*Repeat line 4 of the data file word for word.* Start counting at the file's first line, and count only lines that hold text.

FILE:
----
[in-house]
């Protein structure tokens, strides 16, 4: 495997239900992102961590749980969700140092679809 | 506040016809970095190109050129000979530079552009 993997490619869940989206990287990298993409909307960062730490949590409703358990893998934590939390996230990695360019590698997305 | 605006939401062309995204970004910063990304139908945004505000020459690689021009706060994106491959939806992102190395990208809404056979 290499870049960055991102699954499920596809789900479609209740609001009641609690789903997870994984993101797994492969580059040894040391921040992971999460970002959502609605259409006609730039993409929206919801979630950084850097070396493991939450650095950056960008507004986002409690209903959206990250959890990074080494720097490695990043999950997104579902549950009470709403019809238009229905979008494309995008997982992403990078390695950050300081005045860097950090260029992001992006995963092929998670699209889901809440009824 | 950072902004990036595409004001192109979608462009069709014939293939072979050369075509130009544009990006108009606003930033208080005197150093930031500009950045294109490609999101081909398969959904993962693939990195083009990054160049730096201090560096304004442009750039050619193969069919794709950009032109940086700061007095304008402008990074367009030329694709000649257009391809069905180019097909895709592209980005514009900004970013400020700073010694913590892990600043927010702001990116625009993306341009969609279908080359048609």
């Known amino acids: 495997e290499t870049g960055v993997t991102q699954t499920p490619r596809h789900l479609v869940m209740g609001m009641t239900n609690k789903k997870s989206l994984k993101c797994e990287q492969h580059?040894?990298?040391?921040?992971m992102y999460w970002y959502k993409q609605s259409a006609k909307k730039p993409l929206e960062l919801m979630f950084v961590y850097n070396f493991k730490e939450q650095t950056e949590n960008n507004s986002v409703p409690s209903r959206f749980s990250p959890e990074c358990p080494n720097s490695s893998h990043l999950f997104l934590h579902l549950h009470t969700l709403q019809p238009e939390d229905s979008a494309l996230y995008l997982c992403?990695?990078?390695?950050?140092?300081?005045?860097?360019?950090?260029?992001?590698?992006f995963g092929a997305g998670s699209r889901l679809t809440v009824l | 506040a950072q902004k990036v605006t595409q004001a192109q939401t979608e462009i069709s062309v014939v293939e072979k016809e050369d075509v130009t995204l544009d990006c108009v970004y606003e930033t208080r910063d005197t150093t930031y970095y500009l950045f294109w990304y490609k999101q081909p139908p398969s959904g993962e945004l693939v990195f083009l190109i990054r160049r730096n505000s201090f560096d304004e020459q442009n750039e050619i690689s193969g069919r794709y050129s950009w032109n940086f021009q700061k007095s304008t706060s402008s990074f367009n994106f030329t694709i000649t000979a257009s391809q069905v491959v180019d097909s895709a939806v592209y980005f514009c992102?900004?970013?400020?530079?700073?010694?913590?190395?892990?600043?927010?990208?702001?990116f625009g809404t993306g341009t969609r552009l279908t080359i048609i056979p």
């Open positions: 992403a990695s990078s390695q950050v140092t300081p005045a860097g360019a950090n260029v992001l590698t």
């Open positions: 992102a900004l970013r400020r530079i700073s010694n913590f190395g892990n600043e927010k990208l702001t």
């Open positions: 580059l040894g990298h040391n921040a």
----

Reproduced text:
């Open positions: 992403a990695s990078s390695q950050v140092t300081p005045a860097g360019a950090n260029v992001l590698t």